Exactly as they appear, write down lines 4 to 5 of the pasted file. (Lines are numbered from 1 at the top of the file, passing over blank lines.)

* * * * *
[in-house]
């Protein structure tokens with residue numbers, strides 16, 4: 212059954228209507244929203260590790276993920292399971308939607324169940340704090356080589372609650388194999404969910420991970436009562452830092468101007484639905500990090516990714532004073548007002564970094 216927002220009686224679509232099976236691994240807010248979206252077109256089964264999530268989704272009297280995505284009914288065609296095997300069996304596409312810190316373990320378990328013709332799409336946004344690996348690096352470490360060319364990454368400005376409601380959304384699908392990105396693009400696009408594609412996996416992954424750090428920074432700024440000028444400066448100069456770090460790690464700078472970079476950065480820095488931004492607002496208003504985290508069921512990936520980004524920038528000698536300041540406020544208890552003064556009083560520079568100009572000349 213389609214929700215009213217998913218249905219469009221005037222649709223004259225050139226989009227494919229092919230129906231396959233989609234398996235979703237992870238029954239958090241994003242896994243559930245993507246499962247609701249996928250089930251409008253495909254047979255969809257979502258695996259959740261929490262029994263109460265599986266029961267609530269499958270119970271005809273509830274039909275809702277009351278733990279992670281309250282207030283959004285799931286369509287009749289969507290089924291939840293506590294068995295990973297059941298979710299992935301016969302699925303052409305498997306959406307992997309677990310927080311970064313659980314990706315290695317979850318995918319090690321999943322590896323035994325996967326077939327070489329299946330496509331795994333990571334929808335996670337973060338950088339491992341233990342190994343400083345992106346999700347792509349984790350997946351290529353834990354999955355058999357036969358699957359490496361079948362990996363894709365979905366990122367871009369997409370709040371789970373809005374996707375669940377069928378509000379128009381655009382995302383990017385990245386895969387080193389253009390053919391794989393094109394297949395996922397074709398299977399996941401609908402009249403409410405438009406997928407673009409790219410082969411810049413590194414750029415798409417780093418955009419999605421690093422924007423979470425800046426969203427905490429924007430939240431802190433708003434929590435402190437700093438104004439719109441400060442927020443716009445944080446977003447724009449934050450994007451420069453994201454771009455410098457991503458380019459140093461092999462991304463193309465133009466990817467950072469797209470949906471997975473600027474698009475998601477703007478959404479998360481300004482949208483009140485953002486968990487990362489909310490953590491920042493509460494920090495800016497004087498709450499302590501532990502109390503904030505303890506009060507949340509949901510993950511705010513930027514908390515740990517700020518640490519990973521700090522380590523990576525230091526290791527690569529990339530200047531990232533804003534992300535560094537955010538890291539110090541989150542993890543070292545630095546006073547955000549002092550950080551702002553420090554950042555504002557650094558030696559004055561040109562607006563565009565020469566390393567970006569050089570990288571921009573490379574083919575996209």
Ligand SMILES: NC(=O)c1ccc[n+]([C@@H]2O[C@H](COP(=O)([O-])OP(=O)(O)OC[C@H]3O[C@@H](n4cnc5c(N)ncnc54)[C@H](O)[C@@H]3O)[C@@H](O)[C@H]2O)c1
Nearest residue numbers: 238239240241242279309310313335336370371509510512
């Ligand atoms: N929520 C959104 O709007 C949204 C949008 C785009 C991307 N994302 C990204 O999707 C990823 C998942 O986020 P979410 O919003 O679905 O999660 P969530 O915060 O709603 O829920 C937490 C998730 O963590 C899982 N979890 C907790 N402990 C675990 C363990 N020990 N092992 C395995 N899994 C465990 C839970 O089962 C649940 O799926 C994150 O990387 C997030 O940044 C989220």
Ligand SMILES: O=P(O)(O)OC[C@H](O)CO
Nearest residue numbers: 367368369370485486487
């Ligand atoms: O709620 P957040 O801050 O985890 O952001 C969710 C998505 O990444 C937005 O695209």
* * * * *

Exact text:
Nearest residue numbers: 238239240241242279309310313335336370371509510512
């Ligand atoms: N929520 C959104 O709007 C949204 C949008 C785009 C991307 N994302 C990204 O999707 C990823 C998942 O986020 P979410 O919003 O679905 O999660 P969530 O915060 O709603 O829920 C937490 C998730 O963590 C899982 N979890 C907790 N402990 C675990 C363990 N020990 N092992 C395995 N899994 C465990 C839970 O089962 C649940 O799926 C994150 O990387 C997030 O940044 C989220």